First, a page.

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Conjuring up a crafty Halloween

15 OCT 20 | 4 minute read

At this time of year, the supermarket shelves are laden with plastic pumpkins, reams of fake spider webs, light up skulls and other dastardly decorations.  

These are often made from non-recyclable materials that end up being chucked in the bin after use. Instead, make your neighbours green with envy by creating your own DIY decorations.

There are a tonne of ideas online and we’ve been busy testing out some of our favourites at Zero Waste Scotland HQ below. 

Share your Homemade Halloween decorations with us online for your chance to win a goodie bag worth over £40 - find the full competition details at the bottom of this page. 

Supermarket shelves are laden with plastic pumpkins, reams of fake spider webs and other dastardly decorations that end up being chucked in the bin after use. #WasteLessHalloween

Toilet roll tube bats

If you can get your hands on a few toilet roll tubes, then these look great tied with string and dangling in the window. Cut two wing shapes out of spare cardboard (a cereal box or cardboard packaging is perfect) and paint along with the toilet roll tube.  

Attach the wings and squeeze the top of the tube to create the ears. Add the fangs and googly eyes to complete your bat.

Just remember to remove the googly eyes when you’re done so that they can be reused for another project. No googlies? No problem, opt for some eyes drawn on scrap paper or card.  

Halloween bat made from toilet roll tube

Monstrous milk bottles

With seven out of ten of the pumpkins carved for Halloween not getting eaten, these milk bottle monsters make a great food-waste free alternative.

Just give your empty milk bottles a good rinse out and leave to dry. Next, use a marker pen to draw on a ghoulish face then using a craft knife cut a flap in the back of the bottle big enough to fit in a torch or flameless candle to bring your monster to life.  

If you’re going for a real pumpkin then stick to carving them as painted and decorated pumpkins can’t be composted or put into your food waste caddy. 

Milk bottle monsters make a great food-waste free alternative to pumpkins. Draw on a ghoulish face and cut a flap in the back of the bottle to fit in a torch or flameless candle #WasteLessHalloween  

Halloween monsters made from milk bottles - alternative to pumpkins

Scrap paper spider

Remember making paper snowflakes? This is the spookier version. Fold a square piece of scrap paper using the instructions in this YouTube video to make your spider’s web.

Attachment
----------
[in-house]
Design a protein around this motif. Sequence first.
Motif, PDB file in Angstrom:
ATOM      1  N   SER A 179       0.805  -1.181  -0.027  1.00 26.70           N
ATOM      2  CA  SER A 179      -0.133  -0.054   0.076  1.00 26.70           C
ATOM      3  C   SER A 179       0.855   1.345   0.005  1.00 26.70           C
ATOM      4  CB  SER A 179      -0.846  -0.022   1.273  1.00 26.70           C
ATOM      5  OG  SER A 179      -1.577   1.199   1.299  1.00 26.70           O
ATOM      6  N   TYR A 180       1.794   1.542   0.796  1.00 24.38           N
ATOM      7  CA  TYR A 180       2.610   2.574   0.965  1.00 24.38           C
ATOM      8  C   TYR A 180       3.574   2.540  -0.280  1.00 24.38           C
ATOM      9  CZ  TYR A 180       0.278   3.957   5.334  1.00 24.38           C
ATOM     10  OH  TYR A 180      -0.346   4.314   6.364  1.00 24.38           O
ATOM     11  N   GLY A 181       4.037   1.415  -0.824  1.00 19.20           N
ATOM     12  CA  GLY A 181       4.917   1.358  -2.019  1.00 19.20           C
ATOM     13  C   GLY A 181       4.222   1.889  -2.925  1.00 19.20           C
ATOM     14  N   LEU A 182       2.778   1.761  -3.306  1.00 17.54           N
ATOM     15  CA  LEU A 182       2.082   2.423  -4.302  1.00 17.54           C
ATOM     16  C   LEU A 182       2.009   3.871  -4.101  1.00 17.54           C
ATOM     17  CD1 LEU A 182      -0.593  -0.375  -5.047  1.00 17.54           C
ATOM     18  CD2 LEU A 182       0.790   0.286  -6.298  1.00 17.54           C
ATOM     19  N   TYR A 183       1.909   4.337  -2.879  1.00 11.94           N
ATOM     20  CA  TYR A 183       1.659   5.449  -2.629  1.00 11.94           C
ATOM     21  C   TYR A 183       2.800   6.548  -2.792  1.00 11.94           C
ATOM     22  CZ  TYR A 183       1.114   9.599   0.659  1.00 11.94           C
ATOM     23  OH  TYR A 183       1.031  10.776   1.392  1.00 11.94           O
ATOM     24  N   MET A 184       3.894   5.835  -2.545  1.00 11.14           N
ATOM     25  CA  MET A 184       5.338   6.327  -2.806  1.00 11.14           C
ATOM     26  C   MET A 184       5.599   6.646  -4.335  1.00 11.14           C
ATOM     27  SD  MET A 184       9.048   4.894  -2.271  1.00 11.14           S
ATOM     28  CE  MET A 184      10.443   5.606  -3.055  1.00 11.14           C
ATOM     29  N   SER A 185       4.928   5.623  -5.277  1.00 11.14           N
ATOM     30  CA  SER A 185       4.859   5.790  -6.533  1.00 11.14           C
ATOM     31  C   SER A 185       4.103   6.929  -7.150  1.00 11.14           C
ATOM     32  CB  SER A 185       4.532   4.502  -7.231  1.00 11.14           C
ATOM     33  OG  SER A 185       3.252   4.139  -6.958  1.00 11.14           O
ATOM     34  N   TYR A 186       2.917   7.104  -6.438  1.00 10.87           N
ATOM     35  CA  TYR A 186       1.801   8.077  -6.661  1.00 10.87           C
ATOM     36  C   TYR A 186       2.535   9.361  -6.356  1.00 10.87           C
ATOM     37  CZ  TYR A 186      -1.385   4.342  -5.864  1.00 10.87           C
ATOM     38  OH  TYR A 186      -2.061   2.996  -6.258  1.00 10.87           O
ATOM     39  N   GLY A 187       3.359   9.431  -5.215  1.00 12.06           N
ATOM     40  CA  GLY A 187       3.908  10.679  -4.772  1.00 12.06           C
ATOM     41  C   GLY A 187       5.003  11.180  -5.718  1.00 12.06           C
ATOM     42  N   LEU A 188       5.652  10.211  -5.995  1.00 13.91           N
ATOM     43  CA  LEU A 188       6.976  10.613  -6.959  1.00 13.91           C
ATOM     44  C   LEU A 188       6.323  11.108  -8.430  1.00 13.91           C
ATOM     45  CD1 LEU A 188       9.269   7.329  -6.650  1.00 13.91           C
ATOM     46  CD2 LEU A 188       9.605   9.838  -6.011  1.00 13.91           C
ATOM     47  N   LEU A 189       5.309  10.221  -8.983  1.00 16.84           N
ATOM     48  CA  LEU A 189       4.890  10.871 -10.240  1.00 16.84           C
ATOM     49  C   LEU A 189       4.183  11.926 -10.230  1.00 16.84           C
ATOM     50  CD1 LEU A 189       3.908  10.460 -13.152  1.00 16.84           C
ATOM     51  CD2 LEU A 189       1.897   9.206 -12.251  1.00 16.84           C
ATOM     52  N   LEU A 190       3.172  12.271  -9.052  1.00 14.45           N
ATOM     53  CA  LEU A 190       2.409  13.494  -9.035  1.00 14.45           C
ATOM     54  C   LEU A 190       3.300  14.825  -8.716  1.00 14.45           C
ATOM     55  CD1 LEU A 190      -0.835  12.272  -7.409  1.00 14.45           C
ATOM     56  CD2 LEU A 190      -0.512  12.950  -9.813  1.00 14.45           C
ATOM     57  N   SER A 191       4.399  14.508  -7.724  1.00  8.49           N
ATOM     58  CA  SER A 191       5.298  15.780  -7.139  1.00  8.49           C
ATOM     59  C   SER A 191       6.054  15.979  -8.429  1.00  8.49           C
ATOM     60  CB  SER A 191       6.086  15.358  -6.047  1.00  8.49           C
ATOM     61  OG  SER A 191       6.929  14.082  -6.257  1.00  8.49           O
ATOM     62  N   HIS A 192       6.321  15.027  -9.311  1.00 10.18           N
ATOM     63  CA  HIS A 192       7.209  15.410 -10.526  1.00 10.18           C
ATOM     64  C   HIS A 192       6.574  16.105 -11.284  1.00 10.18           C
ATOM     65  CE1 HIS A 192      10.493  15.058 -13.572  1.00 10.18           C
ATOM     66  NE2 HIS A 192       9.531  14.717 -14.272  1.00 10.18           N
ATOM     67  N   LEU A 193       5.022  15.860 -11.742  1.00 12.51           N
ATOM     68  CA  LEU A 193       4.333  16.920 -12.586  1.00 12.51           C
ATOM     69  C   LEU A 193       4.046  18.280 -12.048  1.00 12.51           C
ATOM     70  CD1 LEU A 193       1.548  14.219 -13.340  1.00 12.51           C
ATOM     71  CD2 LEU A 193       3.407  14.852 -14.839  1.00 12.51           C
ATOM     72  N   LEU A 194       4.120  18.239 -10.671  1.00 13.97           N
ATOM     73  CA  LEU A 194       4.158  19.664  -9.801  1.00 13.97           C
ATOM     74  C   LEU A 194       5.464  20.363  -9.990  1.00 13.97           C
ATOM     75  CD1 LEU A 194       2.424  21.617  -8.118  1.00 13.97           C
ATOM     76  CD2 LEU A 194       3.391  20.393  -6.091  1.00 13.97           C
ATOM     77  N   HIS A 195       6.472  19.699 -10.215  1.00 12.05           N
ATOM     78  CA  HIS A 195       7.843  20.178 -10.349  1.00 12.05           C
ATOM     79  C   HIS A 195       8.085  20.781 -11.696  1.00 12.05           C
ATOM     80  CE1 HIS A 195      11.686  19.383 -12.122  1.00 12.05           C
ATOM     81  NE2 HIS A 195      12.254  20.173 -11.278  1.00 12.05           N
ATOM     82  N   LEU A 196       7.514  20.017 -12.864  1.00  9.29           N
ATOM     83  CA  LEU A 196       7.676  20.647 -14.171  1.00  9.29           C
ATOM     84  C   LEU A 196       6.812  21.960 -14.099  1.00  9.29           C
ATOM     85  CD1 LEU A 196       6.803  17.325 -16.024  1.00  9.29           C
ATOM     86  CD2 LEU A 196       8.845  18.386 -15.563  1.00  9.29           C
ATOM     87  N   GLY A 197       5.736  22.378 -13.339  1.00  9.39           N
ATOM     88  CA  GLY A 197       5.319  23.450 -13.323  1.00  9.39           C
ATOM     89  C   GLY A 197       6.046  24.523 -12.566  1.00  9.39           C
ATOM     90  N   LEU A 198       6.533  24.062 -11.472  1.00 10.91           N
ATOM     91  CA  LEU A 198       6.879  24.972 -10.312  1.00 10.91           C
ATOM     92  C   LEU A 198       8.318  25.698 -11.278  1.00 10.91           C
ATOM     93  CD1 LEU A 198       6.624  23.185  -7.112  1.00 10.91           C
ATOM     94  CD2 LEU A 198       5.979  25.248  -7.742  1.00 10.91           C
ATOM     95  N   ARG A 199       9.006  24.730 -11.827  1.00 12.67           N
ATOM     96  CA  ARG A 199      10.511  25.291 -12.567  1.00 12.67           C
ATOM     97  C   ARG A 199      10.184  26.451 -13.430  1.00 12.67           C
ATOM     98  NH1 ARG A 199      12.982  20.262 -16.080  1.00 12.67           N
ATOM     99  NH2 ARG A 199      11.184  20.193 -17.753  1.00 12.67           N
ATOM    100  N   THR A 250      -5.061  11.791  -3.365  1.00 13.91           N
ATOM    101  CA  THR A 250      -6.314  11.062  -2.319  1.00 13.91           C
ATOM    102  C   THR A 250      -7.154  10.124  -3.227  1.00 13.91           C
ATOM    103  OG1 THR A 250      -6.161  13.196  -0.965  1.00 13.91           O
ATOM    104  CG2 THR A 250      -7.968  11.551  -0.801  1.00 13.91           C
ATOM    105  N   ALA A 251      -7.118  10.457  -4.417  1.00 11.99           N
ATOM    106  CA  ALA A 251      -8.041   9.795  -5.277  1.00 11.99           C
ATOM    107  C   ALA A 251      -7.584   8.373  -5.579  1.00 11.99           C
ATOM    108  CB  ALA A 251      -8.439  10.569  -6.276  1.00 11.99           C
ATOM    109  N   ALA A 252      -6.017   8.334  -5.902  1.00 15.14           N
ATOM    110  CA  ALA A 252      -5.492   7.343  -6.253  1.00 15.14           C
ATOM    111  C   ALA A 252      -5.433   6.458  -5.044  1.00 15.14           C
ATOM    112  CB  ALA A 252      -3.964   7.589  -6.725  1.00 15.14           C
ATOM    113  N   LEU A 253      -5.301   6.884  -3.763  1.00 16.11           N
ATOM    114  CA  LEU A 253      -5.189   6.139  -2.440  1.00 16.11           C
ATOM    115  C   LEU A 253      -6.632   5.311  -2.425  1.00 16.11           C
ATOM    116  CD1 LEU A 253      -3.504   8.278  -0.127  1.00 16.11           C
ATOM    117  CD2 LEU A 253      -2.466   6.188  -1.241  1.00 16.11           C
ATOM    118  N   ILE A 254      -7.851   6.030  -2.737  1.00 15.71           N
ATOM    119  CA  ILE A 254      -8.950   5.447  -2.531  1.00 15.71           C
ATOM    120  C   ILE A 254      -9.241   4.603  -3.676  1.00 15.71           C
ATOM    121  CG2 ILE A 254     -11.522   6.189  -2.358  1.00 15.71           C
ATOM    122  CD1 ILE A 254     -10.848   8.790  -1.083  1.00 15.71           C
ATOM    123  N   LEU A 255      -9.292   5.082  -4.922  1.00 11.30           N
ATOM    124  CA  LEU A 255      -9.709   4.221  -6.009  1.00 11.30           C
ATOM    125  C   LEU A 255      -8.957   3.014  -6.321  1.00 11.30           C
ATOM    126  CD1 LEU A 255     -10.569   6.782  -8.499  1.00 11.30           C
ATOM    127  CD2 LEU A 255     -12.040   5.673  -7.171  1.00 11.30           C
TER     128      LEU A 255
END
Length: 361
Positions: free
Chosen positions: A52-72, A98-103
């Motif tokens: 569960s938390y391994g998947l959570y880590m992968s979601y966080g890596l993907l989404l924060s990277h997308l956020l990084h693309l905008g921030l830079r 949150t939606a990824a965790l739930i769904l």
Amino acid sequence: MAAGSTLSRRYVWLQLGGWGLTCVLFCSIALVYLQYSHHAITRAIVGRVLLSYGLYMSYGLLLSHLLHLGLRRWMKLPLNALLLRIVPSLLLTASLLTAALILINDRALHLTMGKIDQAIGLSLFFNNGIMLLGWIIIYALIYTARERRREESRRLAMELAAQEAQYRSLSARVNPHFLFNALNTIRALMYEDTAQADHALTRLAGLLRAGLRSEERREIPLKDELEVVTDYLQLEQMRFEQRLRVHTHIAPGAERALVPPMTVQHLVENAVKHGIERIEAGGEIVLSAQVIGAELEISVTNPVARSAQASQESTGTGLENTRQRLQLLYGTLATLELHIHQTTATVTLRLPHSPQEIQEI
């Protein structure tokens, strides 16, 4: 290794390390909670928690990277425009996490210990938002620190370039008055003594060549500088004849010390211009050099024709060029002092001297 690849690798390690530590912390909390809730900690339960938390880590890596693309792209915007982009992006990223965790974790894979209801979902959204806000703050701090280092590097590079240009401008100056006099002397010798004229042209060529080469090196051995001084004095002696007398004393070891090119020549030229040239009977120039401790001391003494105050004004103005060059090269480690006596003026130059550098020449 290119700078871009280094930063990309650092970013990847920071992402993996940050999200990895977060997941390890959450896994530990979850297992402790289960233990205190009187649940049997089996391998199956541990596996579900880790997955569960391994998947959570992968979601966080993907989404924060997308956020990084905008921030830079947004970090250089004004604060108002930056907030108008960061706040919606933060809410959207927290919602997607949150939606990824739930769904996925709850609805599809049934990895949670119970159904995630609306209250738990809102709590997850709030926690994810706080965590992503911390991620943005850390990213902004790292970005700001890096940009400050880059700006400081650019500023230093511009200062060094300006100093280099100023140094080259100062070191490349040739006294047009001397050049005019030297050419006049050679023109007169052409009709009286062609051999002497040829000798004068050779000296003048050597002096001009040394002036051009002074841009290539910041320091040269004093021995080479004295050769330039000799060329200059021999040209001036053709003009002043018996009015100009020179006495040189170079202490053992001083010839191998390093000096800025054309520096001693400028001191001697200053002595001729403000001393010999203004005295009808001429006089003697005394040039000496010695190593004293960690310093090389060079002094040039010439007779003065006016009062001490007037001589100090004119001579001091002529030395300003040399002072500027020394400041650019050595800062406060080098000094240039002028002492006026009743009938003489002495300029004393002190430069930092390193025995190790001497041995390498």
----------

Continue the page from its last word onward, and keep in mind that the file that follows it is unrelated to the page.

Cut four lengths of yarn long enough to give your spider his eight legs on either side and attach to a bottle cap using a certain blue reusable adhesive (other colours are available). Finish off by drawing on some eyes or using the googly variety.  

Decorative witch's hat

If you’re looking for some extra creepiness for your windows or perhaps a doorstep decoration, try a witch’s hat! All you need is some cereal boxes and a little creativity.

Using a small plate or bowl draw out a circle and cut out to make the base of your witch’s hat. To make your cone shape, use a larger plate but this time draw a semi-circle on your card and cut. Roll the semi-circle to join the edges and attach together.

For a quick tutorial on making a cone you can check out this helpful resource. If you’re finding card a little tricky, swap to paper. Paint in spooky Halloween colours to finish. You can also use strips of card or paper to add a belt and buckle to your cackle-worthy creation.  

Witch hat made from cardboard

Competition time!

Have a spooktacular Halloween without causing a nightmare for the environment by ditching the tat and making your own.   

From homemade decorations to your favourite pumpkin recipe, share your photos in the comments on our Facebook post or tag @HowToWasteLess in your Instagram photos using #WasteLessHalloween before 3pm 29 October 2020 for your chance to win an eco-friendly goodie bag worth over £40! 

Competition terms and conditions: 

  • Competition will run from 15 October 2020 to 3pm 29 October 2020 on both Facebook and Instagram. Entries outside of this time will not be counted.  
  • The competition is open to residents of Scotland aged 16 and over.
  • Winner will be drawn at random and contacted by direct message within five days of competition closing. If we don’t hear back from the winner by 2 November then the prize will be forfeited, and we reserve the right to draw a new winner.
  • Prize is a goodie bag of eco-friendly products worth up to £40 and is not transferable and can’t be swapped for cash.
  • By entering this competition, you agree to Zero Waste Scotland sharing submitted entry photos on our social media channels.
  • The competition hosted by Zero Waste Scotland is in no way sponsored, endorsed, administered by, or associated with Facebook.

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